Shelter’s guide to use of supers in our videos, for titles, text or graphics.

Supers is the collective term for titles, text, or graphics added to video. They should be used purposefully and to add meaning. This guide describes writing and designing supers in line with Shelter's house style.

(Supers do not include subtitles, which are text displayed to assist deaf or hard of hearing viewers. Read our guide on subtitles.)

Supers can be used to provide additional information such as an interviewee’s name, deliver your call-to-action, or to emphasise key parts of your message.

Screen capture of a Shelter video with the super 'Over 17 million of us don't have a safe or secure home'

Three rules of thumb for writing supers

Please ensure all copy is written to meet our brand guidelines.

1. Text and audio

Onscreen copy should not appear when there is spoken dialogue. Viewers are generally unable to read and listen at the same time.

2. Reading speed

Keep your onscreen text simple and short. The average reading speed reduces from 200-240 words per minute for static text, such as a book, to 120 words per minute when reading within a video. Take this into account when writing your copy for video, use simple plain language, and refine the text to the minimum word count to communicate with optimum meaning and clarity. 

3. Call-to-action

Your call-to-action (CTA) should be clear and strong. Don’t be afraid to be plain about what you want the viewer to do after watching your video, and what the result of their action will be. Consider where else your CTA appears in accompanying social copy and the video’s descriptor text.

Sample super of a video saying 'Join us'

How to design supers

The Creative team cannot always respond to requests, so it’s useful to know what good looks like.
All titles, text and graphics should be designed in line with our house brand, and to communicate clearly and directly with the viewer.

Two styles to consider

Shelter has created a human approach to how we speak and use typography, using two styles that strike different tones:

  • By your side - To show people we care and we’re ‘By your side’. To strike this gentler tone, set your text in sentence case and use a smaller font size

  • IN YOUR FACE - To confront the viewer or show excitement and energy. When you need to speak loudly, use Barlow Condensed Bold. When you need to emphasise or add extra meaning, use Shelter Activist

Typography fonts

Shelter’s house font Barlow is free to download from Google Fonts. We use Barlow in three weights:

  • Semibold - recommended for video

  • Regular - used for bi-lines (see the example below showing a Lower Third)

  • Extra Light - the lightest weight, not generally recommended for video supers

Barlow Condensed Bold is used in upper case when we want to sound loud, energised and ‘IN YOUR FACE’.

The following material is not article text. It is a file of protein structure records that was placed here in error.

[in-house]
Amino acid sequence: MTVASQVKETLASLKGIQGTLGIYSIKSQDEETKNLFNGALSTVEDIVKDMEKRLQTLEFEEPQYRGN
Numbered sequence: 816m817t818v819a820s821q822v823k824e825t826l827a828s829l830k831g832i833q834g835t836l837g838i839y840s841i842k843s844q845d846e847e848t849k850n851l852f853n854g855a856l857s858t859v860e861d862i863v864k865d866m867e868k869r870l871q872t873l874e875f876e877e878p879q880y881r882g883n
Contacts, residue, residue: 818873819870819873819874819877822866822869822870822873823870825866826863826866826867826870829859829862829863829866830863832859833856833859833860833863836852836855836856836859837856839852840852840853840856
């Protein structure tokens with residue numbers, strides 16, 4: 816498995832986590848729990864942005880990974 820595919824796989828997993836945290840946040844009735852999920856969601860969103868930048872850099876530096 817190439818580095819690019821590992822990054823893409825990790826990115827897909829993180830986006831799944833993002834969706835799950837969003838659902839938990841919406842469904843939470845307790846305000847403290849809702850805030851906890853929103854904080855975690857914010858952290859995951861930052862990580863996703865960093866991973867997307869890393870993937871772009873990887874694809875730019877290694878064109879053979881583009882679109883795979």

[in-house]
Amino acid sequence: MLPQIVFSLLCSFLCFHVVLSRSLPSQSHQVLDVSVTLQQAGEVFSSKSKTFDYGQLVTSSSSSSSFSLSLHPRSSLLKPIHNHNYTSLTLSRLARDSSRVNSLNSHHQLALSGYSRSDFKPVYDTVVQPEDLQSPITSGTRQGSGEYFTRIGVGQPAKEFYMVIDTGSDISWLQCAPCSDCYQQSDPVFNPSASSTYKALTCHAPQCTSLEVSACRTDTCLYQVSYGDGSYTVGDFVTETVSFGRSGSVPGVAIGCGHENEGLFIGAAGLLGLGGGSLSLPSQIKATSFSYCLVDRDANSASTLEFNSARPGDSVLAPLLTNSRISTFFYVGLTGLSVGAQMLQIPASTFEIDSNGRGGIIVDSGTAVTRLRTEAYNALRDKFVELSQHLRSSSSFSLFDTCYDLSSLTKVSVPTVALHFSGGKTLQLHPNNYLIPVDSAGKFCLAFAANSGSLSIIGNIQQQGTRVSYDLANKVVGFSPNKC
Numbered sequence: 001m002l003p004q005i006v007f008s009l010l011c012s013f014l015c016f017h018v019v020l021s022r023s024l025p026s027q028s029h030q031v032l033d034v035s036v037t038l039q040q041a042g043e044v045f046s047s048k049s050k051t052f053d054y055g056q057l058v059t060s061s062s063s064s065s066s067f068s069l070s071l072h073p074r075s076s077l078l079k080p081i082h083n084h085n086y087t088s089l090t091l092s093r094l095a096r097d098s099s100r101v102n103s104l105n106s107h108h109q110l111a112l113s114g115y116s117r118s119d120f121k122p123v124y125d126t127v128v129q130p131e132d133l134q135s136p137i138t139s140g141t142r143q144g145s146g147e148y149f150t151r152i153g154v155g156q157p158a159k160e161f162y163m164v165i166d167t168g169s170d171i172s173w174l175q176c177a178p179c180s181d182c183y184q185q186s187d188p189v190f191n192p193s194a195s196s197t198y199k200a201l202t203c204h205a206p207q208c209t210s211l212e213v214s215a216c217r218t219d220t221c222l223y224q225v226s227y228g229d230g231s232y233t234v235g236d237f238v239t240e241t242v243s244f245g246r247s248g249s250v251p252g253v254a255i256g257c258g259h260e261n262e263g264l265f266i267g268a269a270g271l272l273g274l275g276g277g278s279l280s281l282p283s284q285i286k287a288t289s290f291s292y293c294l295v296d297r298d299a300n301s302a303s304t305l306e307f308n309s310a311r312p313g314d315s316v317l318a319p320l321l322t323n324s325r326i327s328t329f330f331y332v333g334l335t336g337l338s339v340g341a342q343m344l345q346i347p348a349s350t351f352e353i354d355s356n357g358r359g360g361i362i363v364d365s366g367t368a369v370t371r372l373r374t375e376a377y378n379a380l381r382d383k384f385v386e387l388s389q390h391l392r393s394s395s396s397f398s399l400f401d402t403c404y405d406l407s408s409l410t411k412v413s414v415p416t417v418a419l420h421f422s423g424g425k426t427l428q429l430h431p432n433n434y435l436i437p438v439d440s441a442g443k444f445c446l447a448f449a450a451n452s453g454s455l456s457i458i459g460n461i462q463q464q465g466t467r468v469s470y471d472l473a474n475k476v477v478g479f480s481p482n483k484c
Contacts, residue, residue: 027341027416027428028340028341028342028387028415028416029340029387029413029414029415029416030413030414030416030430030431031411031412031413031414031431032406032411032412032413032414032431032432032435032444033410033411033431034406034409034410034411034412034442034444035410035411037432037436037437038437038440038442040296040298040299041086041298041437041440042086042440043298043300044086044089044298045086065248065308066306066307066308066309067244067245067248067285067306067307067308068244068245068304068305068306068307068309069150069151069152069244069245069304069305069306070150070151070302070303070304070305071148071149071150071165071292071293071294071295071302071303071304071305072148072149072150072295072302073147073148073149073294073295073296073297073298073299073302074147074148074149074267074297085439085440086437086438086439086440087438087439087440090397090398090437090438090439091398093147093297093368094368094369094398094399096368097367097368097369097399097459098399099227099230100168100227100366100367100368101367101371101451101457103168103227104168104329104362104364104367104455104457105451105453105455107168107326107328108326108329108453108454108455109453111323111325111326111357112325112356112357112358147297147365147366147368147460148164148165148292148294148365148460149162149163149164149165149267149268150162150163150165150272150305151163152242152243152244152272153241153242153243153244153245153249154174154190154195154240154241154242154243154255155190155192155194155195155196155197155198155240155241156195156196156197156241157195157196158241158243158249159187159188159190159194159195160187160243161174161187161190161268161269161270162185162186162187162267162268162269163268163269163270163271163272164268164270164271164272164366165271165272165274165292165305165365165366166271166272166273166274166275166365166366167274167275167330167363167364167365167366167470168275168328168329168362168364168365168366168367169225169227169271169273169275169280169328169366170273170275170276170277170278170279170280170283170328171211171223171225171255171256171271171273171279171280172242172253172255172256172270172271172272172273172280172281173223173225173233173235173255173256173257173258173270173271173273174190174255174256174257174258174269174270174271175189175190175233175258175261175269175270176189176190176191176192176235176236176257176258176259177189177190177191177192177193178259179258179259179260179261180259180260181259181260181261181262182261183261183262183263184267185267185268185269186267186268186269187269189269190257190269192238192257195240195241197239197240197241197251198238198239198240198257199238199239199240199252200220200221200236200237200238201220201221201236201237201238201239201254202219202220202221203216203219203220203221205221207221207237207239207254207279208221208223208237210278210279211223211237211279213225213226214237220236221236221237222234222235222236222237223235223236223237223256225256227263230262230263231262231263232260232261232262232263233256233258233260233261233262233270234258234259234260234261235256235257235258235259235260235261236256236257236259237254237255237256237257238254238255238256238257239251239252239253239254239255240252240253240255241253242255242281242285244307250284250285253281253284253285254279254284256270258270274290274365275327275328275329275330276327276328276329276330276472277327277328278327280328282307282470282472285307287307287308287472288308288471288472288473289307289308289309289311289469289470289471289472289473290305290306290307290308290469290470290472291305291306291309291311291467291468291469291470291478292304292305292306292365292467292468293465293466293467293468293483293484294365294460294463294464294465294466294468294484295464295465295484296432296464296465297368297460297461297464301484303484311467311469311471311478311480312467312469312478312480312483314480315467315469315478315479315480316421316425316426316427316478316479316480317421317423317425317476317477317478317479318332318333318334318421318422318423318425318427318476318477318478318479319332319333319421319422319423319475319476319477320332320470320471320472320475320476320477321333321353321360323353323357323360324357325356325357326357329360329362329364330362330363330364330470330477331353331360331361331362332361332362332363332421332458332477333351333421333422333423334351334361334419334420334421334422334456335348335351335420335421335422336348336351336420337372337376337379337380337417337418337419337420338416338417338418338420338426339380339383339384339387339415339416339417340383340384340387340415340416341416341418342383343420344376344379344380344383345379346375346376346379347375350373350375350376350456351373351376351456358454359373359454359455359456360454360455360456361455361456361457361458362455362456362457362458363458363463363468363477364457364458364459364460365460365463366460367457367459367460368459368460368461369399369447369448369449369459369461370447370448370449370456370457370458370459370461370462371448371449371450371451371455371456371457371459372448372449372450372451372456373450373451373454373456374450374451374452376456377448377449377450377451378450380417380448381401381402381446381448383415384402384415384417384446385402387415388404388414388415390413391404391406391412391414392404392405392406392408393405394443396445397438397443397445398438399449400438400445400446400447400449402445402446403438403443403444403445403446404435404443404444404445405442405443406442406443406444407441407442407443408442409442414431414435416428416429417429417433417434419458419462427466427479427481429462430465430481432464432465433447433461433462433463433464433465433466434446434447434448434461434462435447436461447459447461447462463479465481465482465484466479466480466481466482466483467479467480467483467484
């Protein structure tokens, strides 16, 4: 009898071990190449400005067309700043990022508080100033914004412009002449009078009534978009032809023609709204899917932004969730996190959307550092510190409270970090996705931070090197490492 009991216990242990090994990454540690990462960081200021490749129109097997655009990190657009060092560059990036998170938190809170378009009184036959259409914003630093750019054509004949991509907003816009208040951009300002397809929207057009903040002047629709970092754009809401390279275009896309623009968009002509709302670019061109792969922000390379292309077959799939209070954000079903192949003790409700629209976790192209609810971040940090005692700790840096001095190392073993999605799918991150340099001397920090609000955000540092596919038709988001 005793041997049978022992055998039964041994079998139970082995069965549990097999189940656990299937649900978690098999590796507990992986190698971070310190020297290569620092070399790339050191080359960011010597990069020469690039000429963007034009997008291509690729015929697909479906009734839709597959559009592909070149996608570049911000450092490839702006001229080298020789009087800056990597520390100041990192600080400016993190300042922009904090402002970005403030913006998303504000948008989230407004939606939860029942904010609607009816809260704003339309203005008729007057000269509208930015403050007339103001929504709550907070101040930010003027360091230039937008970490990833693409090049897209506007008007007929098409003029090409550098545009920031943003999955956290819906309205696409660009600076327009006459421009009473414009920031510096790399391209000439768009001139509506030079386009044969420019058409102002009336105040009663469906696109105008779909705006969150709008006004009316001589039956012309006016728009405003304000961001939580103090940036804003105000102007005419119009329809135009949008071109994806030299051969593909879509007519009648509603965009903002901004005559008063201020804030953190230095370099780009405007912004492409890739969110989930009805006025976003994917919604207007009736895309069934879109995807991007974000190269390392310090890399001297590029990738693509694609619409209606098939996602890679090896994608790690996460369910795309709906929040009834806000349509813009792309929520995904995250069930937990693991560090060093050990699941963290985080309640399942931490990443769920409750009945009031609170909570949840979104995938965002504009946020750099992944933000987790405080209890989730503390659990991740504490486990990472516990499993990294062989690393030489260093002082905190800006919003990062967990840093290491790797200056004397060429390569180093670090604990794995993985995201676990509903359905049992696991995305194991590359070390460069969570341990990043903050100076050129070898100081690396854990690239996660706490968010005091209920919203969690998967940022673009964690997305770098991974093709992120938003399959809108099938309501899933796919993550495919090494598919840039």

Typography colour

We're a primarily black and white brand. Onscreen copy can appear as white type on a black background, black type on a white background, or white type on video footage.

We only use red in our paint brush assets and to add impact and meaning. Never use red as a solid background or for decoration. You must always use it to communicate a message and as a purposeful part of your storytelling.

For more on use of the colour red, through our paint brush assets, typography interventions or Shelter Activist font, refer to Shelter’s brand guidelines.

Primary Colour Palette

Black
PMS Black 6 C0 M0 Y0 K100 R0 G0 B0
Hex #000000

White
C0 M0 Y0 K0 R255 G255 B255 Hex #FFFFFF

Shelter Red
PMS 1788
C0 M100 Y95 K0 R255 G0 B34 Hex #FF0022

Giving your supers high readability

When adding text directly to video, your choice of background footage is key to making your super easily readable. The footage should not work against the viewer’s attempt to read the text.

Choose footage that:

  • doesn't contain distracting movement

  • has tone and saturation that doesn’t reduce text readability

  • has composition which doesn’t fight with your text

  • contains elements to support your story, without being distracting

Ensure text stands out clearly in the foreground, with appropriate typography and layout. You can use the Squint Test to assess what is known as a designs visual hierarchy and that text is communicating clearly and effectively.

Best practice examples

Video still shows text superimposed on video conclude the story. Typeface Barlow Semibold. Text size 82pt.

In this example with Paddy, the copy is limited to two short sentences and the high contrast ratio between the background video and text makes it easy to read.

Choose the appropriate typography style, formatting and alignment for your video supers and keep them consistent throughout. Here, the example on the left uses By your side - more restrained to suit the fundraising appeal. The super on the right uses IN YOUR FACE - loud and energised, challenging the viewer to participate in a sporting event.

Video still shows a lower-third. The main title typeface is Barlow Semibold, the bi-line is Barlow regular. Type size 75pt.

Using lower thirds

lower third is a combination of text and graphic elements placed in the lower area of the video frame, to provide additional information - most commonly the name and title of a person on-camera.

It's generally best to keep copy as brief as possible, so it’s easy to read and doesn’t detract from what the person is saying.

All elements of the lower third should work together to add to the visuals, not distract from them, and their design should be in line with Shelter’s brand guidelines.

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Our digital glossary demystifies a range of digital phrases and roles.

Read our brand guidelines

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